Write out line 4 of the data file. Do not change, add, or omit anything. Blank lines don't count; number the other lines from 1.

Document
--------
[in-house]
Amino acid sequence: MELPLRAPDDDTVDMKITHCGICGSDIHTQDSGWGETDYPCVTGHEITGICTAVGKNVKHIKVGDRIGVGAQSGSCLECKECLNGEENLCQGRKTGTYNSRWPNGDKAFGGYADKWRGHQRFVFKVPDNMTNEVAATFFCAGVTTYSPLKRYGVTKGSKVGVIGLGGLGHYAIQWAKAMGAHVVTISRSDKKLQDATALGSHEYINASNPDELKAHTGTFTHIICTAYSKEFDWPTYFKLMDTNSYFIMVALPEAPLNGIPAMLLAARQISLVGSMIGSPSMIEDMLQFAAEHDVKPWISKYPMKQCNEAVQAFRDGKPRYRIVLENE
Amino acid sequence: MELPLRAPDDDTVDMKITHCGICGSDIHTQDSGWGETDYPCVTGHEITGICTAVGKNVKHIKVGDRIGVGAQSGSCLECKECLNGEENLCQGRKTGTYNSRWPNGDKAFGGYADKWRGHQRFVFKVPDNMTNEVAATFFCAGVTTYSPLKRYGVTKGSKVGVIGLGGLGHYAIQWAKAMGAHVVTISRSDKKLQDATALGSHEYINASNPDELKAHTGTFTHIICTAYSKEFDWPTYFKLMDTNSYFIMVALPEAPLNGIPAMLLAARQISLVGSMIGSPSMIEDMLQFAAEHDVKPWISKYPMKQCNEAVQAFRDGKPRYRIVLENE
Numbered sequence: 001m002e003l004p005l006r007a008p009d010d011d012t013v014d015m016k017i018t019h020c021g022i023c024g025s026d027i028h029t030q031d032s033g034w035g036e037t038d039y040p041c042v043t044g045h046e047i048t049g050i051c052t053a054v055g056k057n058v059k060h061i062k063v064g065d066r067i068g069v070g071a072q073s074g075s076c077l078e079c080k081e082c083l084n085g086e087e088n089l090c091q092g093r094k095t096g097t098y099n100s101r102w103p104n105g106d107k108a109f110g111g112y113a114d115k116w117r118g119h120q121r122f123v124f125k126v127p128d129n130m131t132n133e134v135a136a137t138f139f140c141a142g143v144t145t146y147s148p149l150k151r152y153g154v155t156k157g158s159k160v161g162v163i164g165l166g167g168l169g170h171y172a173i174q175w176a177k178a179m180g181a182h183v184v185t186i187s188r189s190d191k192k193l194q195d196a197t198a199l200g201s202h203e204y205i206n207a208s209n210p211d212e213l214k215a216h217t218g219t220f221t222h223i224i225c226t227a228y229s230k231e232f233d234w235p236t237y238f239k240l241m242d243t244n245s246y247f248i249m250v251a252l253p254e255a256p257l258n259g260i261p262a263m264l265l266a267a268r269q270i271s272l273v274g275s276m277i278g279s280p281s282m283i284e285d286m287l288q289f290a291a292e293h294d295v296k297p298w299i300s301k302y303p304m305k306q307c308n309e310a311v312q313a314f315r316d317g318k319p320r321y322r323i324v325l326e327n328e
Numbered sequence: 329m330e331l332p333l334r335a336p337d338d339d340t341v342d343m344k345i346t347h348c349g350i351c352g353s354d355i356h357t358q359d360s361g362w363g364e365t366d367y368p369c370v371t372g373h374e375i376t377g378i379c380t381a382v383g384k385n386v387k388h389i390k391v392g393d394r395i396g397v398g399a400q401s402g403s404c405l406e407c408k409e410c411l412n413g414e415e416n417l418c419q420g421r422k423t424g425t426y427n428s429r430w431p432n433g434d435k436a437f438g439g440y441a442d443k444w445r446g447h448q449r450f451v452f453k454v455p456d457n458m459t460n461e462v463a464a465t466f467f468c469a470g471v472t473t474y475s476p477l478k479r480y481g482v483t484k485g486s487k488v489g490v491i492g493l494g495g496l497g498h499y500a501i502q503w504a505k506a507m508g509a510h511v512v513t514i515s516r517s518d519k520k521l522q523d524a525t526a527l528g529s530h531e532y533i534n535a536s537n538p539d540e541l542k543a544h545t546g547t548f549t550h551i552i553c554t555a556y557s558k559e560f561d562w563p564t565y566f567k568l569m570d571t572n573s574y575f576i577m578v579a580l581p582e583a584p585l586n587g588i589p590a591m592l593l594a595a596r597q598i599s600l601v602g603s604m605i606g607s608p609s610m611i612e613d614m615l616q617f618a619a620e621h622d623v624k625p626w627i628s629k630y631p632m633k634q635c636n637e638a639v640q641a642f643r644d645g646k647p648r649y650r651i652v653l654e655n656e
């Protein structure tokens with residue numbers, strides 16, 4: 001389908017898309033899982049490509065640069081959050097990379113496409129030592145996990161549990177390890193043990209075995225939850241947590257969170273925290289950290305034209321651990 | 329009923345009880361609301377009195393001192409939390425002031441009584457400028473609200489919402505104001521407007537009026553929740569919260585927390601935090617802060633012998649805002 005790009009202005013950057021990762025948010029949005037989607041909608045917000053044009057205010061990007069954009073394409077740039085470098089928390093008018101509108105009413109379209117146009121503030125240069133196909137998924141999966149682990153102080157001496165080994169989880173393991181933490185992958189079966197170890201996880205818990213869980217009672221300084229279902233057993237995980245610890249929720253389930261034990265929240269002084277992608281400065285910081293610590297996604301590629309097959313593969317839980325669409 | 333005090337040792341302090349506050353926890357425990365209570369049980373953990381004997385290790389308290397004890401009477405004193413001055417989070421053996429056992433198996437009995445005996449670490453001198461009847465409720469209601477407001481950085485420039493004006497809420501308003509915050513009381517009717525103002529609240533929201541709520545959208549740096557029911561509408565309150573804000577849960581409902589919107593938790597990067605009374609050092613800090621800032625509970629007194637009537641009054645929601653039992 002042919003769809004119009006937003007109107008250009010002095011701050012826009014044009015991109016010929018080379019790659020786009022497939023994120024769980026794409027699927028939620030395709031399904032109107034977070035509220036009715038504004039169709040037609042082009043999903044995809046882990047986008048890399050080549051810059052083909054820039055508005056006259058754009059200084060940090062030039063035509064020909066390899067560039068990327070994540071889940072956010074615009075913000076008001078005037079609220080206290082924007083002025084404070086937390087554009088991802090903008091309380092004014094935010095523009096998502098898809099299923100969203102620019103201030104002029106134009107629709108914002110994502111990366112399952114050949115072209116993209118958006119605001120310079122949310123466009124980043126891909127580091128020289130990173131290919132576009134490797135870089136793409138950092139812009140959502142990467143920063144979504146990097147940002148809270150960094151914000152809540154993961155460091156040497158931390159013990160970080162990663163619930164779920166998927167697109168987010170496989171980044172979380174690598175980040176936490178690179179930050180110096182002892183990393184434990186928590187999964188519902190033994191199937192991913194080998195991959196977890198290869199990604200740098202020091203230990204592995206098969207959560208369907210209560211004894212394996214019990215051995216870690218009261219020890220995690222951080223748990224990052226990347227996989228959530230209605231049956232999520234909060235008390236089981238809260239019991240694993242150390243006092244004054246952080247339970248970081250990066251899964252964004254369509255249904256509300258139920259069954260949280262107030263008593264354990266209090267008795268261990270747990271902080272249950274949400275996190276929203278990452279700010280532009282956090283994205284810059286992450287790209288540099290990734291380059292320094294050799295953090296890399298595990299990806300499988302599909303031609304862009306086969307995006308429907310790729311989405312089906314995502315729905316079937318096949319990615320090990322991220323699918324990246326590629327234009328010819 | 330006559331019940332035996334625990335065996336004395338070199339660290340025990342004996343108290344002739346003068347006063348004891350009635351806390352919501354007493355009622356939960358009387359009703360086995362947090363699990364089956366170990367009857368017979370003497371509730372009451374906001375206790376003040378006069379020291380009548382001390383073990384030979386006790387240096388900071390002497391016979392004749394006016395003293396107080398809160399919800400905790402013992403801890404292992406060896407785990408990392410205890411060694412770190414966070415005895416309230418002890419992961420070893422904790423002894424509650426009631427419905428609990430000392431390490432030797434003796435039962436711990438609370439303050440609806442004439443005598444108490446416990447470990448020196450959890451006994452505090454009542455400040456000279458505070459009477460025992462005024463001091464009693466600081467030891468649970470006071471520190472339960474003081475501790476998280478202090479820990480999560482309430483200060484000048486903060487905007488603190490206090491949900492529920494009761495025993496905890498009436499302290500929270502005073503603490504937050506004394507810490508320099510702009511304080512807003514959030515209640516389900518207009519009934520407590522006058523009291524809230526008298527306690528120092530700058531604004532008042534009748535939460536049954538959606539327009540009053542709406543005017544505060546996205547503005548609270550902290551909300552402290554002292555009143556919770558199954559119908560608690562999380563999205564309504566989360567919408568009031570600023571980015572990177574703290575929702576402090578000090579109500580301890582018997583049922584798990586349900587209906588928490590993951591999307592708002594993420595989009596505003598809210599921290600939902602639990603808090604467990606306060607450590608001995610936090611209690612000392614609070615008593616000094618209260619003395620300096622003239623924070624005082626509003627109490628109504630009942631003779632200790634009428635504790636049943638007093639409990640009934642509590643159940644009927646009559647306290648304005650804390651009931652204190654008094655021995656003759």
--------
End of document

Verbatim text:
Numbered sequence: 001m002e003l004p005l006r007a008p009d010d011d012t013v014d015m016k017i018t019h020c021g022i023c024g025s026d027i028h029t030q031d032s033g034w035g036e037t038d039y040p041c042v043t044g045h046e047i048t049g050i051c052t053a054v055g056k057n058v059k060h061i062k063v064g065d066r067i068g069v070g071a072q073s074g075s076c077l078e079c080k081e082c083l084n085g086e087e088n089l090c091q092g093r094k095t096g097t098y099n100s101r102w103p104n105g106d107k108a109f110g111g112y113a114d115k116w117r118g119h120q121r122f123v124f125k126v127p128d129n130m131t132n133e134v135a136a137t138f139f140c141a142g143v144t145t146y147s148p149l150k151r152y153g154v155t156k157g158s159k160v161g162v163i164g165l166g167g168l169g170h171y172a173i174q175w176a177k178a179m180g181a182h183v184v185t186i187s188r189s190d191k192k193l194q195d196a197t198a199l200g201s202h203e204y205i206n207a208s209n210p211d212e213l214k215a216h217t218g219t220f221t222h223i224i225c226t227a228y229s230k231e232f233d234w235p236t237y238f239k240l241m242d243t244n245s246y247f248i249m250v251a252l253p254e255a256p257l258n259g260i261p262a263m264l265l266a267a268r269q270i271s272l273v274g275s276m277i278g279s280p281s282m283i284e285d286m287l288q289f290a291a292e293h294d295v296k297p298w299i300s301k302y303p304m305k306q307c308n309e310a311v312q313a314f315r316d317g318k319p320r321y322r323i324v325l326e327n328e